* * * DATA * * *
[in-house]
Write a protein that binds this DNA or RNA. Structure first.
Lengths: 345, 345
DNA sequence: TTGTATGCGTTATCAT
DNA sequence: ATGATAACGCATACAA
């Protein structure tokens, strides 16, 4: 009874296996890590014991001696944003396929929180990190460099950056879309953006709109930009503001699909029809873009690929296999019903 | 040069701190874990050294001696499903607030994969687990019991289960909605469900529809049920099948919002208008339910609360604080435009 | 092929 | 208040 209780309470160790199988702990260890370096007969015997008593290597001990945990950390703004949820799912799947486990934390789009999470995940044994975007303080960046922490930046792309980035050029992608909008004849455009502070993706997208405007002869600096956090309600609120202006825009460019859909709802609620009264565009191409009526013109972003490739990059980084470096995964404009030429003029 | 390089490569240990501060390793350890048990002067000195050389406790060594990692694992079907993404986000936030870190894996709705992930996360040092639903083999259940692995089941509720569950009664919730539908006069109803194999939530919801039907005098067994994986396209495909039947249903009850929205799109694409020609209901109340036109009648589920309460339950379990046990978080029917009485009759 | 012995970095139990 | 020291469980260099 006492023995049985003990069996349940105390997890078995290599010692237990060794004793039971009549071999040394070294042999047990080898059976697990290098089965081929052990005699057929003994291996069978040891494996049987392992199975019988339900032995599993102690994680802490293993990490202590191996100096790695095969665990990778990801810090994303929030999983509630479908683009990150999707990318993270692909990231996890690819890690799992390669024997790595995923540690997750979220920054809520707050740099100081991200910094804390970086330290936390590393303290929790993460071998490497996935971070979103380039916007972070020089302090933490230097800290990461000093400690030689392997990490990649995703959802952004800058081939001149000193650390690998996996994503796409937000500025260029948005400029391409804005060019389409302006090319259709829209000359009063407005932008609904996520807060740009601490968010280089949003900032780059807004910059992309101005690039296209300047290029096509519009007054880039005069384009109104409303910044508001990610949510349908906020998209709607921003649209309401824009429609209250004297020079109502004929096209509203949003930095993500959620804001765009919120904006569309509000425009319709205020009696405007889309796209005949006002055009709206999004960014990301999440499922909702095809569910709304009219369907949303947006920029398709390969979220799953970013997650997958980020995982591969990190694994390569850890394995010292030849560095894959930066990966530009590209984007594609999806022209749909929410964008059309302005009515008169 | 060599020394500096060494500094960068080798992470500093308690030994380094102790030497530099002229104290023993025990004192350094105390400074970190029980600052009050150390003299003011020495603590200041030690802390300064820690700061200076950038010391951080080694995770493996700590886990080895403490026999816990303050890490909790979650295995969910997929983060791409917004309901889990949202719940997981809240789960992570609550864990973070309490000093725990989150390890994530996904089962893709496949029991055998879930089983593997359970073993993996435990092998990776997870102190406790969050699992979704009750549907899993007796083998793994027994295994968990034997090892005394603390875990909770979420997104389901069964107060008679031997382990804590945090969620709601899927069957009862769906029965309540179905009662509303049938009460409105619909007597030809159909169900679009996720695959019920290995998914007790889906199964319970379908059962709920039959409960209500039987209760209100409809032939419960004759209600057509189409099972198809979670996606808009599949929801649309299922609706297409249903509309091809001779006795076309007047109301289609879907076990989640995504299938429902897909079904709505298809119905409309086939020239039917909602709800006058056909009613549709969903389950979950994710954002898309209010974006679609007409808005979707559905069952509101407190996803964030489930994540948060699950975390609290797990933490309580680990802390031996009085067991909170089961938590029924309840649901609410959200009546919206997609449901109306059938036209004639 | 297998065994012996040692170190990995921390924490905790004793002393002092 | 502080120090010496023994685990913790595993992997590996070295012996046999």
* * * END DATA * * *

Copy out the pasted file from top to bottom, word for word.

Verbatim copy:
[in-house]
Write a protein that binds this DNA or RNA. Structure first.
Lengths: 345, 345
DNA sequence: TTGTATGCGTTATCAT
DNA sequence: ATGATAACGCATACAA
């Protein structure tokens, strides 16, 4: 009874296996890590014991001696944003396929929180990190460099950056879309953006709109930009503001699909029809873009690929296999019903 | 040069701190874990050294001696499903607030994969687990019991289960909605469900529809049920099948919002208008339910609360604080435009 | 092929 | 208040 209780309470160790199988702990260890370096007969015997008593290597001990945990950390703004949820799912799947486990934390789009999470995940044994975007303080960046922490930046792309980035050029992608909008004849455009502070993706997208405007002869600096956090309600609120202006825009460019859909709802609620009264565009191409009526013109972003490739990059980084470096995964404009030429003029 | 390089490569240990501060390793350890048990002067000195050389406790060594990692694992079907993404986000936030870190894996709705992930996360040092639903083999259940692995089941509720569950009664919730539908006069109803194999939530919801039907005098067994994986396209495909039947249903009850929205799109694409020609209901109340036109009648589920309460339950379990046990978080029917009485009759 | 012995970095139990 | 020291469980260099 006492023995049985003990069996349940105390997890078995290599010692237990060794004793039971009549071999040394070294042999047990080898059976697990290098089965081929052990005699057929003994291996069978040891494996049987392992199975019988339900032995599993102690994680802490293993990490202590191996100096790695095969665990990778990801810090994303929030999983509630479908683009990150999707990318993270692909990231996890690819890690799992390669024997790595995923540690997750979220920054809520707050740099100081991200910094804390970086330290936390590393303290929790993460071998490497996935971070979103380039916007972070020089302090933490230097800290990461000093400690030689392997990490990649995703959802952004800058081939001149000193650390690998996996994503796409937000500025260029948005400029391409804005060019389409302006090319259709829209000359009063407005932008609904996520807060740009601490968010280089949003900032780059807004910059992309101005690039296209300047290029096509519009007054880039005069384009109104409303910044508001990610949510349908906020998209709607921003649209309401824009429609209250004297020079109502004929096209509203949003930095993500959620804001765009919120904006569309509000425009319709205020009696405007889309796209005949006002055009709206999004960014990301999440499922909702095809569910709304009219369907949303947006920029398709390969979220799953970013997650997958980020995982591969990190694994390569850890394995010292030849560095894959930066990966530009590209984007594609999806022209749909929410964008059309302005009515008169 | 060599020394500096060494500094960068080798992470500093308690030994380094102790030497530099002229104290023993025990004192350094105390400074970190029980600052009050150390003299003011020495603590200041030690802390300064820690700061200076950038010391951080080694995770493996700590886990080895403490026999816990303050890490909790979650295995969910997929983060791409917004309901889990949202719940997981809240789960992570609550864990973070309490000093725990989150390890994530996904089962893709496949029991055998879930089983593997359970073993993996435990092998990776997870102190406790969050699992979704009750549907899993007796083998793994027994295994968990034997090892005394603390875990909770979420997104389901069964107060008679031997382990804590945090969620709601899927069957009862769906029965309540179905009662509303049938009460409105619909007597030809159909169900679009996720695959019920290995998914007790889906199964319970379908059962709920039959409960209500039987209760209100409809032939419960004759209600057509189409099972198809979670996606808009599949929801649309299922609706297409249903509309091809001779006795076309007047109301289609879907076990989640995504299938429902897909079904709505298809119905409309086939020239039917909602709800006058056909009613549709969903389950979950994710954002898309209010974006679609007409808005979707559905069952509101407190996803964030489930994540948060699950975390609290797990933490309580680990802390031996009085067991909170089961938590029924309840649901609410959200009546919206997609449901109306059938036209004639 | 297998065994012996040692170190990995921390924490905790004793002393002092 | 502080120090010496023994685990913790595993992997590996070295012996046999």